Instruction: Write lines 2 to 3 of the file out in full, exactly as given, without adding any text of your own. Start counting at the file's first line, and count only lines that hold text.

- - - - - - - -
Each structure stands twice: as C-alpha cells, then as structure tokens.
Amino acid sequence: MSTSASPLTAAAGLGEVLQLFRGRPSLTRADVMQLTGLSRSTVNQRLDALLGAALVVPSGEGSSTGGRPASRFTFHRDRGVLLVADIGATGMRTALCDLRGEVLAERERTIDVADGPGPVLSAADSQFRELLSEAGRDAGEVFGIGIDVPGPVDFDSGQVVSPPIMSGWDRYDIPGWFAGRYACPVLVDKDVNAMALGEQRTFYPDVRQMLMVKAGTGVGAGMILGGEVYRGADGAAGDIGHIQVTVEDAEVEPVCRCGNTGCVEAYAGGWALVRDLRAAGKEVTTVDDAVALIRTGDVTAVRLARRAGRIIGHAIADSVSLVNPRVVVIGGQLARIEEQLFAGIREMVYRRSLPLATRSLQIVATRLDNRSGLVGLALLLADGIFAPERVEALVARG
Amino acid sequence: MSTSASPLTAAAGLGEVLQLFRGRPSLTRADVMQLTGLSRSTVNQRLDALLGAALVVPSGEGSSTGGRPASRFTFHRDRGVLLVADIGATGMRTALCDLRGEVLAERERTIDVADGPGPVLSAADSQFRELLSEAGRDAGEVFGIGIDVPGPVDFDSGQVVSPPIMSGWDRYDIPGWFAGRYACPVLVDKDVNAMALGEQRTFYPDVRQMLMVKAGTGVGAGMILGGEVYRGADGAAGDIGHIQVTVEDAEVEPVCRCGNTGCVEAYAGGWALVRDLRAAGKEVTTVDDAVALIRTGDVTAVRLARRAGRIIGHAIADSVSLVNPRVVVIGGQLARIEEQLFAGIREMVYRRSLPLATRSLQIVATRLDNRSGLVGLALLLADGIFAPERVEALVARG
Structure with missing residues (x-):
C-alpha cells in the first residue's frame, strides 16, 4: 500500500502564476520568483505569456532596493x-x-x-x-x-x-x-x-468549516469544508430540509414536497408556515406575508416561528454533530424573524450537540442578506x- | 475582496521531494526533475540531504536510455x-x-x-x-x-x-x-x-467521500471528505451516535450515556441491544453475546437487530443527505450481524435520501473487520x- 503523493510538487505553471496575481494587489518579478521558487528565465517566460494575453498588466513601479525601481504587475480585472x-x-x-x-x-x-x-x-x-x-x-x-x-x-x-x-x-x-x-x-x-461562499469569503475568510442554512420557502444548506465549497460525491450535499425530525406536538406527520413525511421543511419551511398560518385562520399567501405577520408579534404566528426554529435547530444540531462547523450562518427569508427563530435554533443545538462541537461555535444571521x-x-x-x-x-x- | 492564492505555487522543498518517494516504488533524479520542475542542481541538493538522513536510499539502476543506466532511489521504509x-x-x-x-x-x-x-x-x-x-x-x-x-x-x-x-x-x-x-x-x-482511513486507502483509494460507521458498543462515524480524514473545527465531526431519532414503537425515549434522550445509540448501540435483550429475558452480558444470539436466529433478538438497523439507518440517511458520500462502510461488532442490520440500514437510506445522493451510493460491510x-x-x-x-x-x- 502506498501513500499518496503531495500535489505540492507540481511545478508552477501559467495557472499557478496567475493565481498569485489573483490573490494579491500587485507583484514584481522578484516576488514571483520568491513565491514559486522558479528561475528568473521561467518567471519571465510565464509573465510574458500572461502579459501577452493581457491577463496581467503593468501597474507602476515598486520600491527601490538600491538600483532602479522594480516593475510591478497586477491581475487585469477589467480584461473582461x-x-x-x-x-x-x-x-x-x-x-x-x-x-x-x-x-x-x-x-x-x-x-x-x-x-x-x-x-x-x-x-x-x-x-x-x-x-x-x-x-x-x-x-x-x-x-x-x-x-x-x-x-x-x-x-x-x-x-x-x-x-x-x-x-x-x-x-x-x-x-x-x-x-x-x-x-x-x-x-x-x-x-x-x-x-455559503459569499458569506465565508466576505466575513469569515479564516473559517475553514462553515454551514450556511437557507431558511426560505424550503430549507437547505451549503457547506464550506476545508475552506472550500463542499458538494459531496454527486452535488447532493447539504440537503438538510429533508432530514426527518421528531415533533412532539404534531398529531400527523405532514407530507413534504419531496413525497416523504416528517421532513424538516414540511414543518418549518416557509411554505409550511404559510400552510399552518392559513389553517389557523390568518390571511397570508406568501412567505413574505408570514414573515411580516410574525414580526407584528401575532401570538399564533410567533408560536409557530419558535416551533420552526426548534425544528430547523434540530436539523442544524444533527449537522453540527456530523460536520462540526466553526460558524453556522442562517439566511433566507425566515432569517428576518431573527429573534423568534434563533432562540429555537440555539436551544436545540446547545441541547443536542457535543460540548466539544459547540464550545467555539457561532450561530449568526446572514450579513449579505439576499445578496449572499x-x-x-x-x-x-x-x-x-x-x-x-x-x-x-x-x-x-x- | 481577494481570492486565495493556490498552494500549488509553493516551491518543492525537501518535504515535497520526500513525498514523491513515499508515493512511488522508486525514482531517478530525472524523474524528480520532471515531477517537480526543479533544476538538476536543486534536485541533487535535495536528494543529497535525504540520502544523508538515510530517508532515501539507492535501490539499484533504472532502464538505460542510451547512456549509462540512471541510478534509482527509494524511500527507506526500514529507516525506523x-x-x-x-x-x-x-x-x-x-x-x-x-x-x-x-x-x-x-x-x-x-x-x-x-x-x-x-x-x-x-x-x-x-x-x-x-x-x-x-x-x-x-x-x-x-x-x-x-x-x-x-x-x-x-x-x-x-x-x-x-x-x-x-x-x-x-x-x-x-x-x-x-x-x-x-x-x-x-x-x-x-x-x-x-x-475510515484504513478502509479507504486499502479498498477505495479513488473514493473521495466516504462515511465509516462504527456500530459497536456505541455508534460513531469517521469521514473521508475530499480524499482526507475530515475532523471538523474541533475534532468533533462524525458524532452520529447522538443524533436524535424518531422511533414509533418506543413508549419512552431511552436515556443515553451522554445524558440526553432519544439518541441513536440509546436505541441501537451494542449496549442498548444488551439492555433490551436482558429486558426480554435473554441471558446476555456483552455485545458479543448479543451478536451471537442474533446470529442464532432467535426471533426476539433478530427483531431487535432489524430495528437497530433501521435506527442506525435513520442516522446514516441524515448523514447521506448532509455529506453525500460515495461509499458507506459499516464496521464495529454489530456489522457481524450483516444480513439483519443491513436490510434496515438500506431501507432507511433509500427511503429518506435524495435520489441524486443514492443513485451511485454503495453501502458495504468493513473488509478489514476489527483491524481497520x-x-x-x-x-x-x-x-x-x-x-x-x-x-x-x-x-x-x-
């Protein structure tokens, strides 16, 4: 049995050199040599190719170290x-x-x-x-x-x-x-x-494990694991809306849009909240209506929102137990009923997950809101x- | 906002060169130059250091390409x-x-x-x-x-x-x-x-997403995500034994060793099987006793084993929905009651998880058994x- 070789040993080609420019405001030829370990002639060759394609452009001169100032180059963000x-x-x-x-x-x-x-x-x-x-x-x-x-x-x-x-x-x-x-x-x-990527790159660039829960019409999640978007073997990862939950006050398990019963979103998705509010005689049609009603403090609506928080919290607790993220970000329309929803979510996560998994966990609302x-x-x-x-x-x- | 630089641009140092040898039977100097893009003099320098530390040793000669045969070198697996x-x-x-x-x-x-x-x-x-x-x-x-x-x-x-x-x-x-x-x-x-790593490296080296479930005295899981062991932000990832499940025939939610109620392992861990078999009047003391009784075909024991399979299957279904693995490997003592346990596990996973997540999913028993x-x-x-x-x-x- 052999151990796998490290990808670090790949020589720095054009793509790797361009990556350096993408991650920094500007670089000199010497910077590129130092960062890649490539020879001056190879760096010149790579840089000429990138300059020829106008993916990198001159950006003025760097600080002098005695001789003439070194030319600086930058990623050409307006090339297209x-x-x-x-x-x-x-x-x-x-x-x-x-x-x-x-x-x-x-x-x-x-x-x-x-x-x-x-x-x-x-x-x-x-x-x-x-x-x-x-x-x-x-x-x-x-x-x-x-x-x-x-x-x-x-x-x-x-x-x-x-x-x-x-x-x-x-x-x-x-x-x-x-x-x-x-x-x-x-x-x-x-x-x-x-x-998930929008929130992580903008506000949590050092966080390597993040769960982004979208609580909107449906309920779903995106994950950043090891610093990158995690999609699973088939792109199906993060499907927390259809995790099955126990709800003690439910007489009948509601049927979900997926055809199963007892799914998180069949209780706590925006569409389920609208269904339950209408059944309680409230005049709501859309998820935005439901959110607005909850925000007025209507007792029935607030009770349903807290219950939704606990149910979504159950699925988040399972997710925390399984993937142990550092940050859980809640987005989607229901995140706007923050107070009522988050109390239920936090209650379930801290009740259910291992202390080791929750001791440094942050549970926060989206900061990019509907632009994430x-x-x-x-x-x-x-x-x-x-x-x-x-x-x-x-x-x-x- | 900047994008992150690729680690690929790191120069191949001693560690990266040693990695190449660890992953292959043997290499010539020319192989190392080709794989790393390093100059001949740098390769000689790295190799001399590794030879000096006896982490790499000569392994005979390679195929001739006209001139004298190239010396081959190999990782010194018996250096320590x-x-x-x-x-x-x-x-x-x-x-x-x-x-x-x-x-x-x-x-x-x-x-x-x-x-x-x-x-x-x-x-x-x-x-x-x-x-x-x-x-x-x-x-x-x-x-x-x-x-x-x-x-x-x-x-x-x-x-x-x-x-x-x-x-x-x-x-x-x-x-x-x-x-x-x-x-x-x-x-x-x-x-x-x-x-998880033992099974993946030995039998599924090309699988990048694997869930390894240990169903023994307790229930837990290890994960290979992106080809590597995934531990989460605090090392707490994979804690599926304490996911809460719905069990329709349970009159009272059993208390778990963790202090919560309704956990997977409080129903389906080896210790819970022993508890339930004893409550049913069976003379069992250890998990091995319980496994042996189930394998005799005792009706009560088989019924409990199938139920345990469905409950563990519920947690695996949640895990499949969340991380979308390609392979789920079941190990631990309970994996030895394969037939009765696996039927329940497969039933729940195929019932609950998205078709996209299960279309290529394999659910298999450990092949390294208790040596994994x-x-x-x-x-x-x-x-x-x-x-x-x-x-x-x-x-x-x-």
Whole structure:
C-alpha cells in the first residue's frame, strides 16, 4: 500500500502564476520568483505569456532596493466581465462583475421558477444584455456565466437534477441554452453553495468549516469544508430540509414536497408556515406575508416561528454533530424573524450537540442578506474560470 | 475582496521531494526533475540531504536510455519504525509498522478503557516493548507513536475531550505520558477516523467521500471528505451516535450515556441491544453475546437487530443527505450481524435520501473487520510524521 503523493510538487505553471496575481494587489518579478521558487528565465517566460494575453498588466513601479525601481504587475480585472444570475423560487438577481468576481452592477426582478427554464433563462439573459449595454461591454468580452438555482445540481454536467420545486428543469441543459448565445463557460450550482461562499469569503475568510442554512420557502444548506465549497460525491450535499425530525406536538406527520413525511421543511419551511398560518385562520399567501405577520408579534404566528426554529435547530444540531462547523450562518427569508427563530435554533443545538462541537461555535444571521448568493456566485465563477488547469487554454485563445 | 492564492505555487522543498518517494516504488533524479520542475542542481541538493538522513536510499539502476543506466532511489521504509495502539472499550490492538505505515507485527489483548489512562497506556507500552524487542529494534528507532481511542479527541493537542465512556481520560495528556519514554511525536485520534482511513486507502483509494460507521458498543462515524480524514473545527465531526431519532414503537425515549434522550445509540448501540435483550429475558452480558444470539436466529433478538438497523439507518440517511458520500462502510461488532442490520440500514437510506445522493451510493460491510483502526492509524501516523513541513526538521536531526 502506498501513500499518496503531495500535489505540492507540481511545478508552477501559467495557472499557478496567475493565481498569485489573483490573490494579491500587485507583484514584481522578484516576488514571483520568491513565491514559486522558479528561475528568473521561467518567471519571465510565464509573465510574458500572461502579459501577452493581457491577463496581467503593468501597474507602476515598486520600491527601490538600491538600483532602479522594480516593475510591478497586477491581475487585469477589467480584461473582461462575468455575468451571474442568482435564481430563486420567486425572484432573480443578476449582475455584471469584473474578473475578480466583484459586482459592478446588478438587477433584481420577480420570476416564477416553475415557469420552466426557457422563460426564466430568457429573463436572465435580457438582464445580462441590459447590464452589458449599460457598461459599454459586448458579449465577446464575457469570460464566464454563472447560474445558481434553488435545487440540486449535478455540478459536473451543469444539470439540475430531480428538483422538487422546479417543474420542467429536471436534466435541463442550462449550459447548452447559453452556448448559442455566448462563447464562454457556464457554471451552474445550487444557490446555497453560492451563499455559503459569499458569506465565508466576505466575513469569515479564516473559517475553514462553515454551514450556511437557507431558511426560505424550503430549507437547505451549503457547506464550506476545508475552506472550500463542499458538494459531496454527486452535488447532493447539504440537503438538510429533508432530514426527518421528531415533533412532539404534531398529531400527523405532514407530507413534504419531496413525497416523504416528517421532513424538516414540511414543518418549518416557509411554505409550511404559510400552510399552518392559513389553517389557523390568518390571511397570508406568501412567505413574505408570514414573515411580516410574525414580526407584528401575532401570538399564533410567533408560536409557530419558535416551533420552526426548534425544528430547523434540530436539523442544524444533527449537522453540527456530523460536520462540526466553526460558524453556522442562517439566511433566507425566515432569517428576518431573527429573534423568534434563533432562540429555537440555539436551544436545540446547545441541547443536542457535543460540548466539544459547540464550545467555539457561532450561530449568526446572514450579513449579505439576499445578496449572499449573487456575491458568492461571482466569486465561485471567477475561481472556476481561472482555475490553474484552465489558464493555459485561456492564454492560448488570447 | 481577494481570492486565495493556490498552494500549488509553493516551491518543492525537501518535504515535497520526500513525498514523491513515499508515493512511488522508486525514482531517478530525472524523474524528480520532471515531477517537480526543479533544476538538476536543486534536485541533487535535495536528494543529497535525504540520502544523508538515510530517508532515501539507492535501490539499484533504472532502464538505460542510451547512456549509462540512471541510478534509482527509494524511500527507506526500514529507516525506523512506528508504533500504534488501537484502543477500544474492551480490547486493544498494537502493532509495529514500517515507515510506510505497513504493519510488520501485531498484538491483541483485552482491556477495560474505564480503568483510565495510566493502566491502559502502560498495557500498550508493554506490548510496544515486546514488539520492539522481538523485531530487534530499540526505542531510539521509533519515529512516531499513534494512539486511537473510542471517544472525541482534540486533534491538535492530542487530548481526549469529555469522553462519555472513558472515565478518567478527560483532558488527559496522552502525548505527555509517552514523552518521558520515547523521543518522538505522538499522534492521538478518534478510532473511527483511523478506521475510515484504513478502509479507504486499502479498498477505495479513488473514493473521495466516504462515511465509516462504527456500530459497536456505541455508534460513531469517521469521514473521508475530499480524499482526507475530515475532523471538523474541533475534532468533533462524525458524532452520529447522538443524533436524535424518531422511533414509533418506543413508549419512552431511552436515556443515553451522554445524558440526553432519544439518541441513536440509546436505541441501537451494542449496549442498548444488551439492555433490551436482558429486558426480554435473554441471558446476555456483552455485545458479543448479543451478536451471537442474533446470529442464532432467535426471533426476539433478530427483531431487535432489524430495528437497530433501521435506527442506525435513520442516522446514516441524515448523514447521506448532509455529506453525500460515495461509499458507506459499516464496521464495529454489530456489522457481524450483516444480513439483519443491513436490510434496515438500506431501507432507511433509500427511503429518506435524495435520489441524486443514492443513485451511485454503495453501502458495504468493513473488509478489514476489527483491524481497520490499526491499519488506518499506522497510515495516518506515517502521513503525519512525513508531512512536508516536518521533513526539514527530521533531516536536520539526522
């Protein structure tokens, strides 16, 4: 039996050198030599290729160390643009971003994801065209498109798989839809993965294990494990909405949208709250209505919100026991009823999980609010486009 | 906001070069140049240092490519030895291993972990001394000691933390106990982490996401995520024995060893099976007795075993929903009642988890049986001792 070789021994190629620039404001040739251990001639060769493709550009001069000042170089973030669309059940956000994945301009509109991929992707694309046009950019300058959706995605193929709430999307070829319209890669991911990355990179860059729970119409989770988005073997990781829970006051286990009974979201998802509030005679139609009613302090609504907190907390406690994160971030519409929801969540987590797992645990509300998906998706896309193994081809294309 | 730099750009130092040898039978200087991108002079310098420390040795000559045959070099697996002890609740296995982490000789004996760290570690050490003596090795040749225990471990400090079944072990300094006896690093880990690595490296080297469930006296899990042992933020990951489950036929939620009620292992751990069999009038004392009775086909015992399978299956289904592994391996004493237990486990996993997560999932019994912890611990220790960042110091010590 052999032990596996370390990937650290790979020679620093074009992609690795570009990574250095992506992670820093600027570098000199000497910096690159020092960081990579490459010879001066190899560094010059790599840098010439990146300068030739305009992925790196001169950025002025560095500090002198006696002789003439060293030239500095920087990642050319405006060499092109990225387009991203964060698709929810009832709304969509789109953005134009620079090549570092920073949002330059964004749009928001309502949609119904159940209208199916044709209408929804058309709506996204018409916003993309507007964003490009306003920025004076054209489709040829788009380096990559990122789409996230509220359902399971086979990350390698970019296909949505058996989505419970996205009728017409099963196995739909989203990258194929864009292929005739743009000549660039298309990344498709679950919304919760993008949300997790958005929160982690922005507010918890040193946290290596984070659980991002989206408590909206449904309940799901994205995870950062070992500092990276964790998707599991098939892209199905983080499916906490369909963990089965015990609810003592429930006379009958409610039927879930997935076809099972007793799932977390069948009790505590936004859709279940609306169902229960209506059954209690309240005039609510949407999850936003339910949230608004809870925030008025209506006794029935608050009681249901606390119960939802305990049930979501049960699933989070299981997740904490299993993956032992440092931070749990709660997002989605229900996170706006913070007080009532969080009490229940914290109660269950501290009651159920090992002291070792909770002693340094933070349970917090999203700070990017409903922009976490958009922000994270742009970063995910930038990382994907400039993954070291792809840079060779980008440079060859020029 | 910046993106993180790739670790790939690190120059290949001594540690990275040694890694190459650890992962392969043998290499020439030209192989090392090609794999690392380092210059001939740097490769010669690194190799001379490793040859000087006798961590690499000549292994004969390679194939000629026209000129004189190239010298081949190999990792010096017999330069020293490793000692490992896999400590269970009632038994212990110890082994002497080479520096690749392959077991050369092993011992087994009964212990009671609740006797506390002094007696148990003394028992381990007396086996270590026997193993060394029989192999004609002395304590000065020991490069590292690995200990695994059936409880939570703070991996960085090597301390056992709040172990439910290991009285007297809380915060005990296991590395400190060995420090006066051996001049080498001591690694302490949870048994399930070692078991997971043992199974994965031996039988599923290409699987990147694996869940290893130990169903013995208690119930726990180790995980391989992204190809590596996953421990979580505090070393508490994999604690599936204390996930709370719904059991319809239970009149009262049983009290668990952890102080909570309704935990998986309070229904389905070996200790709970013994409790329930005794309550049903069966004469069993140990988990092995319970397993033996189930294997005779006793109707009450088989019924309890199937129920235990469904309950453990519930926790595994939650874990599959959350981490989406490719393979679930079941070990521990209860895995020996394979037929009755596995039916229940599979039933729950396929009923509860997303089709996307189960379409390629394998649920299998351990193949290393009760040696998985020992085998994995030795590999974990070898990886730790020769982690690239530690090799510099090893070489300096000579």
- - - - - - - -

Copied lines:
Amino acid sequence: MSTSASPLTAAAGLGEVLQLFRGRPSLTRADVMQLTGLSRSTVNQRLDALLGAALVVPSGEGSSTGGRPASRFTFHRDRGVLLVADIGATGMRTALCDLRGEVLAERERTIDVADGPGPVLSAADSQFRELLSEAGRDAGEVFGIGIDVPGPVDFDSGQVVSPPIMSGWDRYDIPGWFAGRYACPVLVDKDVNAMALGEQRTFYPDVRQMLMVKAGTGVGAGMILGGEVYRGADGAAGDIGHIQVTVEDAEVEPVCRCGNTGCVEAYAGGWALVRDLRAAGKEVTTVDDAVALIRTGDVTAVRLARRAGRIIGHAIADSVSLVNPRVVVIGGQLARIEEQLFAGIREMVYRRSLPLATRSLQIVATRLDNRSGLVGLALLLADGIFAPERVEALVARG
Amino acid sequence: MSTSASPLTAAAGLGEVLQLFRGRPSLTRADVMQLTGLSRSTVNQRLDALLGAALVVPSGEGSSTGGRPASRFTFHRDRGVLLVADIGATGMRTALCDLRGEVLAERERTIDVADGPGPVLSAADSQFRELLSEAGRDAGEVFGIGIDVPGPVDFDSGQVVSPPIMSGWDRYDIPGWFAGRYACPVLVDKDVNAMALGEQRTFYPDVRQMLMVKAGTGVGAGMILGGEVYRGADGAAGDIGHIQVTVEDAEVEPVCRCGNTGCVEAYAGGWALVRDLRAAGKEVTTVDDAVALIRTGDVTAVRLARRAGRIIGHAIADSVSLVNPRVVVIGGQLARIEEQLFAGIREMVYRRSLPLATRSLQIVATRLDNRSGLVGLALLLADGIFAPERVEALVARG